THE USE OF THE MILITARY ARM.

The system now pursued in dealing with the roving tribes dangerous to our frontier population and obstructing our industrial progress, is entirely consistent with, and, indeed, requires the occasional use of the military arm, in restraining or chastising refractory individuals and bands. Such a use of the military constitutes no abandonment of the "peace policy," and involves no disparagement of it. It was not to be expected--it was not in the nature of things-that the entire body of wild Indians should submit to be restrained in their Ishmaelitish proclivities without a struggle on the part of the more audacious to maintain their traditional freedom. In the first announcement made of the reserva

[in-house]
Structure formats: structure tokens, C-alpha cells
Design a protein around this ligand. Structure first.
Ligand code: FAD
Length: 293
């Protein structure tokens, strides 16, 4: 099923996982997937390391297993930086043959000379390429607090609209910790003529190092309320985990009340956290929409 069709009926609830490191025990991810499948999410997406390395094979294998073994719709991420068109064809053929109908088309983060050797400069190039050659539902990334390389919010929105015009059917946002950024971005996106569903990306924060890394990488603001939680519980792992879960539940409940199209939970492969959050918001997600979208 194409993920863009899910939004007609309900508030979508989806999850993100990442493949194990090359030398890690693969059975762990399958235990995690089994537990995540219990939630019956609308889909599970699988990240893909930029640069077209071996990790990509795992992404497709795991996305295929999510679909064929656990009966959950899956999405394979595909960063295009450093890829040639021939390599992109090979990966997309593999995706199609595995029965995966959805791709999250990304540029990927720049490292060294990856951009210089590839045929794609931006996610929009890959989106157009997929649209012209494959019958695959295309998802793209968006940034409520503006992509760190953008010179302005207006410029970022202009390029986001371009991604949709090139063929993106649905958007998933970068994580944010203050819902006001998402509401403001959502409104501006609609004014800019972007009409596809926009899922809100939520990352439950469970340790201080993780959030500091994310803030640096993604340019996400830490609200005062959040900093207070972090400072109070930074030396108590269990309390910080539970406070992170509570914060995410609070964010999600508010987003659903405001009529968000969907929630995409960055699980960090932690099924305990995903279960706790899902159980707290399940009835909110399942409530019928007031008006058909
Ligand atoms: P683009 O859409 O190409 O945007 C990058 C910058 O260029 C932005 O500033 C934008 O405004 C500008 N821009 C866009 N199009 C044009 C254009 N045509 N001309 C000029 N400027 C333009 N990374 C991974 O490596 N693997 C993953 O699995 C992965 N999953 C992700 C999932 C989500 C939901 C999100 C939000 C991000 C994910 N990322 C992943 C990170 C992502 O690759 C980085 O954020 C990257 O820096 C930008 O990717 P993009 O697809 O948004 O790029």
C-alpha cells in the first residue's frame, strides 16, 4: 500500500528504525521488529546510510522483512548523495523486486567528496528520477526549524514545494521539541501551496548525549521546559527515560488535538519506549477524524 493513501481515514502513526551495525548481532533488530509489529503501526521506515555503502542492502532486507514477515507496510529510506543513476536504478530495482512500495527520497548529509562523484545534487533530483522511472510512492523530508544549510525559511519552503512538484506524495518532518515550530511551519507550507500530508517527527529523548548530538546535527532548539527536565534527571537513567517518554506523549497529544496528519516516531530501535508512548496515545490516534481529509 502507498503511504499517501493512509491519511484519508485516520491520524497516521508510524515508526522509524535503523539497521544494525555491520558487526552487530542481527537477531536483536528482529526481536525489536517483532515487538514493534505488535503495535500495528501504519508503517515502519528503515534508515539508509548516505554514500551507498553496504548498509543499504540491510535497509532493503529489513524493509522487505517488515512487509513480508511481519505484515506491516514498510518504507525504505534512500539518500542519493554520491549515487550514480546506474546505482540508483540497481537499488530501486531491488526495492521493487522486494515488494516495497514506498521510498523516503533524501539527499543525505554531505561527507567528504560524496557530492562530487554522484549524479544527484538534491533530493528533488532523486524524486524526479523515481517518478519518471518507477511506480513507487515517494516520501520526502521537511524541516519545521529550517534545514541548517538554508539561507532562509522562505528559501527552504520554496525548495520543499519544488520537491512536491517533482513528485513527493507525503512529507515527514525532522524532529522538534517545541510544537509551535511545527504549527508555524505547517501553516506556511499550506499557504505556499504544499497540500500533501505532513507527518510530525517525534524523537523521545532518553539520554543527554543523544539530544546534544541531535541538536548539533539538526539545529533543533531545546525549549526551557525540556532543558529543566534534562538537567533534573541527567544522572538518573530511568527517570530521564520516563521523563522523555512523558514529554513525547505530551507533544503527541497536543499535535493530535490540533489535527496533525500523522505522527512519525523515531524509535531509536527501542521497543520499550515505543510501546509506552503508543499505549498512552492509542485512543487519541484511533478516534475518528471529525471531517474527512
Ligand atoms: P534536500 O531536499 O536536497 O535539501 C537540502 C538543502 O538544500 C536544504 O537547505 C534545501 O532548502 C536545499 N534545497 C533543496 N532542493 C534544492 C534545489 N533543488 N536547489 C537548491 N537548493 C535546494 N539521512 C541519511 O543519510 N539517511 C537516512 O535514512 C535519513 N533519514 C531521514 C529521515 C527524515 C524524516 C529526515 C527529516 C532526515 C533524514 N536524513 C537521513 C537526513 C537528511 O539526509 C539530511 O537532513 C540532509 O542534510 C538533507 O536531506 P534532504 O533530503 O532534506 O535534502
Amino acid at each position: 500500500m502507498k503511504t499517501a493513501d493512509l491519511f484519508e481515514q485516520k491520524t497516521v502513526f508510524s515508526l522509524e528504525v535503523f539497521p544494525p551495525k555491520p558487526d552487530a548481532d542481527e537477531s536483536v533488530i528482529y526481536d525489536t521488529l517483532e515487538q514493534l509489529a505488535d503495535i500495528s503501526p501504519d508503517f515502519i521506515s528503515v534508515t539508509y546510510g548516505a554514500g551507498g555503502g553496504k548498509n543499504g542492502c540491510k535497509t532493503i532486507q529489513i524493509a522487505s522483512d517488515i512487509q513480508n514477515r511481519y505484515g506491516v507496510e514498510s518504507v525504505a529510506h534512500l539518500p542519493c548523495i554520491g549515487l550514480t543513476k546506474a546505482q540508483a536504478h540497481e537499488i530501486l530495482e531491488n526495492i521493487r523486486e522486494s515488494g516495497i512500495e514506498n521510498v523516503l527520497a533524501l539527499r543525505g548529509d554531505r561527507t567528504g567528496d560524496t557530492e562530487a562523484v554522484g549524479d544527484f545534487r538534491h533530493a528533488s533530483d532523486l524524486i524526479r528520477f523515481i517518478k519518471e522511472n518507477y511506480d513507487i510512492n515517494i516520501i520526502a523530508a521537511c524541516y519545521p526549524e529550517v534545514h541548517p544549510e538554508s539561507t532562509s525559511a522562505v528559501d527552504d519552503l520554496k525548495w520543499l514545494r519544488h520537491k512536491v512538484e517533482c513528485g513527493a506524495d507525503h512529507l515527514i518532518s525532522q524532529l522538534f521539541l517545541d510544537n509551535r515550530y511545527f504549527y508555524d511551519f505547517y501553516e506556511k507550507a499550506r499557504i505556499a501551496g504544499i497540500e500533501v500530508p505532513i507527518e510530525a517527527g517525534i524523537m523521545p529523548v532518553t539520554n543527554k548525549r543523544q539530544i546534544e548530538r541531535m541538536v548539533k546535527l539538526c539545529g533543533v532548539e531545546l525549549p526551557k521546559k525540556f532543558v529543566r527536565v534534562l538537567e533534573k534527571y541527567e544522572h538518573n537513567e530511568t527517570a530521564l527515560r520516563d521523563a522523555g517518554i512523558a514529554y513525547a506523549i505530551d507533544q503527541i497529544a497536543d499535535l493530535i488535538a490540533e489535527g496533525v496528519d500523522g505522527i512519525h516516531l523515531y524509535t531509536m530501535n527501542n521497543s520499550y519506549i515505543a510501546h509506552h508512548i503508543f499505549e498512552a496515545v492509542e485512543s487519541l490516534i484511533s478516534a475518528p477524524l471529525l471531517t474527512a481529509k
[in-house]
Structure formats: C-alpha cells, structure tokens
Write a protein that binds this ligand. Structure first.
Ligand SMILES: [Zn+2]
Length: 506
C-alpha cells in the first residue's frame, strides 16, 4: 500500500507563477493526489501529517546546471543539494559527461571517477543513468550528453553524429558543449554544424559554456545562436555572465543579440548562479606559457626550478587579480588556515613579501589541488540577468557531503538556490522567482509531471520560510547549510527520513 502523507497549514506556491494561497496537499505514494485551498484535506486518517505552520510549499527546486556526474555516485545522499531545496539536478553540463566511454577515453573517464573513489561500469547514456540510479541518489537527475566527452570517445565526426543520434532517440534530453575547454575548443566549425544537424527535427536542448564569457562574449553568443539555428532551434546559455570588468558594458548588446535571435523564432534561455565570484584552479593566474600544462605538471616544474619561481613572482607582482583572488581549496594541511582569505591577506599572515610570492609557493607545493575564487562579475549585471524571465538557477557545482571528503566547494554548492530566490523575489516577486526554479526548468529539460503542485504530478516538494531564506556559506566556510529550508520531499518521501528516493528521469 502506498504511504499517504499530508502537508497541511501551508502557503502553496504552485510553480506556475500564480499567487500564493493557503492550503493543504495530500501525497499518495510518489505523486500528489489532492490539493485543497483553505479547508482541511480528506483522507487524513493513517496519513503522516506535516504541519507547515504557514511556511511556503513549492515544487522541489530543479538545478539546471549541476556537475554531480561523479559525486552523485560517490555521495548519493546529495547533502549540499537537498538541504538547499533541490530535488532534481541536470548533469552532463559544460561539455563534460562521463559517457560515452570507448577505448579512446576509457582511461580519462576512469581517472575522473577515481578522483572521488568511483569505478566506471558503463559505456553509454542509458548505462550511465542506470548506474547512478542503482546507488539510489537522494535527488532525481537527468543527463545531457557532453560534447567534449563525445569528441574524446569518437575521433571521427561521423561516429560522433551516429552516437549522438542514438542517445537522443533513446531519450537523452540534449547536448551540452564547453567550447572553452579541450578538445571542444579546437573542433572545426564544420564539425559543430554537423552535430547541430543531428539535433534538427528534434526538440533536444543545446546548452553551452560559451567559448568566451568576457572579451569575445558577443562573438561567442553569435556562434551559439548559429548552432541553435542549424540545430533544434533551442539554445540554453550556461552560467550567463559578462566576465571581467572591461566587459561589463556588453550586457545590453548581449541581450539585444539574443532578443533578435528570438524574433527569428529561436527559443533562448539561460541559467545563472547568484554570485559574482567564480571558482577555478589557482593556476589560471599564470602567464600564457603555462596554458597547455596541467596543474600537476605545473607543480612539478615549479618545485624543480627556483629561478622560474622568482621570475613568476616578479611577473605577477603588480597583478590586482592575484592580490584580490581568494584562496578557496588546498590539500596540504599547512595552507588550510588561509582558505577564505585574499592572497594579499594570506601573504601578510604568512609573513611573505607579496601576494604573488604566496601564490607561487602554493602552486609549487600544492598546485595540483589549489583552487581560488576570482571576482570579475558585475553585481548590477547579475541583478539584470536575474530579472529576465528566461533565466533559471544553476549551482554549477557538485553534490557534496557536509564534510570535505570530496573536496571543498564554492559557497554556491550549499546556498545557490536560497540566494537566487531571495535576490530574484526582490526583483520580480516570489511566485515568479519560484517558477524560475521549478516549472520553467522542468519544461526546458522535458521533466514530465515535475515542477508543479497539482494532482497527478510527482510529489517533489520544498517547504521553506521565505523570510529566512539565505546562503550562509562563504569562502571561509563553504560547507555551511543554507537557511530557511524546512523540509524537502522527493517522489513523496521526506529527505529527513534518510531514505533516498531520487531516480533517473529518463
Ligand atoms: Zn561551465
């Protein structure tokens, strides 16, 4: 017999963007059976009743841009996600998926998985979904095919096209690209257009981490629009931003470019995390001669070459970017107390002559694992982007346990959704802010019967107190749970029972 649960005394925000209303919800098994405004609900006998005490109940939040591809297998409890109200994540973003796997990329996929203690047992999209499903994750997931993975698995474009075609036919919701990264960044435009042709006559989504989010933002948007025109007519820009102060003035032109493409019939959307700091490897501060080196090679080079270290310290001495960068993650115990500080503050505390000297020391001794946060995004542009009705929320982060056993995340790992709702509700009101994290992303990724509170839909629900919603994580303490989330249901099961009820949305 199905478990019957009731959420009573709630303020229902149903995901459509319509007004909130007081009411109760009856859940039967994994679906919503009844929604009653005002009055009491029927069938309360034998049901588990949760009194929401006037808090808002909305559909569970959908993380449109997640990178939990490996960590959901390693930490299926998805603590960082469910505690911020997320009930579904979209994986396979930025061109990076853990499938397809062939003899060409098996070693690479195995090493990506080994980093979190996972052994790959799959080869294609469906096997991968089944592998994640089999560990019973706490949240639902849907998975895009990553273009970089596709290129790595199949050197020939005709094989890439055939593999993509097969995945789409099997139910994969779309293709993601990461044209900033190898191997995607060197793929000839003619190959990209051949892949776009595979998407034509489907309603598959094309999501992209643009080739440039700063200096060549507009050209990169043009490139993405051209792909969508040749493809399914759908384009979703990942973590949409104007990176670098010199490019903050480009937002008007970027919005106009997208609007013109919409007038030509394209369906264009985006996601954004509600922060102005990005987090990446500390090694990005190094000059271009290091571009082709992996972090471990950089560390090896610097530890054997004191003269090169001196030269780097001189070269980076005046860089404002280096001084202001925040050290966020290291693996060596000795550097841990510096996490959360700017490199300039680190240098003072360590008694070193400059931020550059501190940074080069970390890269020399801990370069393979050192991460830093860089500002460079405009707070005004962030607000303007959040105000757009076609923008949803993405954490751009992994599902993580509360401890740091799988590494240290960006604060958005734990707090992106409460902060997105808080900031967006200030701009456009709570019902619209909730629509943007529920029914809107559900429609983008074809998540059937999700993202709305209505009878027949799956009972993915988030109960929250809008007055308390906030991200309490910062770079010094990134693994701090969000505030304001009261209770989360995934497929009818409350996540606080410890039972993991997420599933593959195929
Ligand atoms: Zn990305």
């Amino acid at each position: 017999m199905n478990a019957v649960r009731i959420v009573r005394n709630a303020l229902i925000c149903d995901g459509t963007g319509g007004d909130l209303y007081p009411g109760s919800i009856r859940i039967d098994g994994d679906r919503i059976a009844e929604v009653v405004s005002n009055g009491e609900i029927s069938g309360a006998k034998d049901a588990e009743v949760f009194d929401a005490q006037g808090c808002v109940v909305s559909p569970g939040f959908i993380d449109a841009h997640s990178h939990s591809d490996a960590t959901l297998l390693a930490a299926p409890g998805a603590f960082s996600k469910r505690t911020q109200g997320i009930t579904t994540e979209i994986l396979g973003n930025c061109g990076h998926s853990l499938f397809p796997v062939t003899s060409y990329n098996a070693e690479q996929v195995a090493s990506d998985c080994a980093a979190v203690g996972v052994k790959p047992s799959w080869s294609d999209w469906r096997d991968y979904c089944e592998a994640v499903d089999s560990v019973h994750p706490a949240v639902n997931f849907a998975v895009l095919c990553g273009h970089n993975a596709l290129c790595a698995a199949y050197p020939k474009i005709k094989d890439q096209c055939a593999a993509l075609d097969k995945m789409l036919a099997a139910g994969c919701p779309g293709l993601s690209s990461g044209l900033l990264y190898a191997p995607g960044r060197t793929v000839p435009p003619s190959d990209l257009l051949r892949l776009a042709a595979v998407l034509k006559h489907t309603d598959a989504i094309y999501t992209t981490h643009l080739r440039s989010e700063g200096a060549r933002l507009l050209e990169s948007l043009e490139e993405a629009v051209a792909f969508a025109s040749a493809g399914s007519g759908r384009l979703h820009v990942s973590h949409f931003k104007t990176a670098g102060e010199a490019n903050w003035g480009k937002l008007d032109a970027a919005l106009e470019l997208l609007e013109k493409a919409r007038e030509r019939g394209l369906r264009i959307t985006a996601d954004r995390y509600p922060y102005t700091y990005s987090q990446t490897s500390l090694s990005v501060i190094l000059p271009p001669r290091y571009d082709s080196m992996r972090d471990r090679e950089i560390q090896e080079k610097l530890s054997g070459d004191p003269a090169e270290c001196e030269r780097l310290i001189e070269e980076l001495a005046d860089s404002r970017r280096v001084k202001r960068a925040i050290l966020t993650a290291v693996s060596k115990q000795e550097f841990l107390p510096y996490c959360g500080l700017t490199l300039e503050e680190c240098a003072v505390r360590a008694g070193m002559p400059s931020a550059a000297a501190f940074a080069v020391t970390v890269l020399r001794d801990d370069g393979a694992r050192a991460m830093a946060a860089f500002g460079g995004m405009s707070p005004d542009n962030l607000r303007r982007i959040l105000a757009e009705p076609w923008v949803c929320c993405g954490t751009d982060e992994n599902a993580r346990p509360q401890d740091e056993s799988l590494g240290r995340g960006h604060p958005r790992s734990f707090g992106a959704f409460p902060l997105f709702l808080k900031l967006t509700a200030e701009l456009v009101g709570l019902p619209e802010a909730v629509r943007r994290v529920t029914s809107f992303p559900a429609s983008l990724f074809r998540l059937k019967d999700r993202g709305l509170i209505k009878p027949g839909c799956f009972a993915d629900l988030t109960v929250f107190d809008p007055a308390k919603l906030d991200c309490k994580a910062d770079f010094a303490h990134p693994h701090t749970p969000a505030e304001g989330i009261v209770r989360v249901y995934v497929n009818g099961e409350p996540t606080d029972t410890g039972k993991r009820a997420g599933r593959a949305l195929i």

tion system, it was expressly declared that the Indians should be made as comfortable on, and as uncomfortable off, their reservations as it was in the power of the Government to make them; that such of them as went right should be protected and fed, and such as went wrong should be harassed and scourged without intermission. It was not anticipated that the first proclamation of this policy to the tribes concerned would effect the entire cessation of existing evils; but it was believed that persistence in the course marked out would steadily reduce the number of the refractory, both by the losses sustained in actual conflict and by the desertion of individuals as they should become weary of a profitless and hopeless struggle, until, in the near result, the system adopted should apply without exception to all the then roving and hostile tribes. Such a use of the strong arm of the Government is not war, but discipline. Yet it would seem impossible for many persons to apprehend any dis tinction between a state of general Indian war, and the occasional use of the regular military force of the country in enforcing the reservation policy, or punishing sporadic acts of outrage on the part of disaffected individuals or bands. Such persons appear to think that the smallest degree of Indian hostilities is equivalent to the largest degree of such hostilities, or at least to hold that if we are to have any Indian troubles whatever-if everything in the conduct of Indian affairs is not to be as calm and serene as a summer day-we might just as well have all the Indians of the continent on our hands at once. Upon the other side, many persons zealously and painfully intent on securing justice to the aborigines of the country, bewail the slightest use of the military in carrying out the reservation system and repressing depredations, as in effect a making of war upon the Indians and a resort to the bloody methods of the past. This misunderstanding in regard to the occasional use of force in making effective and universal the policy of peace, has led no small portion of the press of the country to treat the more vigor ous application of the scourge to refractory Indians which has characterized the operations of the last three months as an abandonment of the peace policy itself, whereas it is, in fact, a legitimate and essential part of the original scheme which the Government has been endeavoring to carry out, with prospects of success never more bright and hopeful than to-day.